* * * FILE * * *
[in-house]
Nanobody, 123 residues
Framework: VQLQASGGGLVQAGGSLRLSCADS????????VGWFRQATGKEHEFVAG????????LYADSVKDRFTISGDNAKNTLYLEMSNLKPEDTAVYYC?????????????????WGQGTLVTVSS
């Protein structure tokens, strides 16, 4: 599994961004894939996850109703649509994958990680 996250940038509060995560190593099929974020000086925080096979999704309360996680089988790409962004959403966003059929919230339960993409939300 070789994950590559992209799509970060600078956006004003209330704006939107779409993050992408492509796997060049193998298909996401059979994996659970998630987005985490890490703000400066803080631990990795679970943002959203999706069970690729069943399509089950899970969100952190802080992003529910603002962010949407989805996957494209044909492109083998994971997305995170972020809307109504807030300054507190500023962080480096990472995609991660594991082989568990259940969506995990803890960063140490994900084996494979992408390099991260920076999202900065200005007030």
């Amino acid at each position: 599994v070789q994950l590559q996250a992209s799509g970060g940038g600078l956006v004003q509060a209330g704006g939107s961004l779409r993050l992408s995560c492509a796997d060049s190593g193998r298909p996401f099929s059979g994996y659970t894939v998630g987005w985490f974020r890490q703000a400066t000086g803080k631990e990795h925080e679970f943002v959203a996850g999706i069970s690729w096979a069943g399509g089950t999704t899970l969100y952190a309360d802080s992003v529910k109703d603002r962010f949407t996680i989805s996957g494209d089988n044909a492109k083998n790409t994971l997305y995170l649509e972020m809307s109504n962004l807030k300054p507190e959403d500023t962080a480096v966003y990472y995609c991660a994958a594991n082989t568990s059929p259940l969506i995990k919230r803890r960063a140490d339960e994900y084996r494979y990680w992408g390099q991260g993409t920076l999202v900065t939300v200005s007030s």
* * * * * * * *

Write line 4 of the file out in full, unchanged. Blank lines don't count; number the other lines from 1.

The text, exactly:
């Protein structure tokens, strides 16, 4: 599994961004894939996850109703649509994958990680 996250940038509060995560190593099929974020000086925080096979999704309360996680089988790409962004959403966003059929919230339960993409939300 070789994950590559992209799509970060600078956006004003209330704006939107779409993050992408492509796997060049193998298909996401059979994996659970998630987005985490890490703000400066803080631990990795679970943002959203999706069970690729069943399509089950899970969100952190802080992003529910603002962010949407989805996957494209044909492109083998994971997305995170972020809307109504807030300054507190500023962080480096990472995609991660594991082989568990259940969506995990803890960063140490994900084996494979992408390099991260920076999202900065200005007030």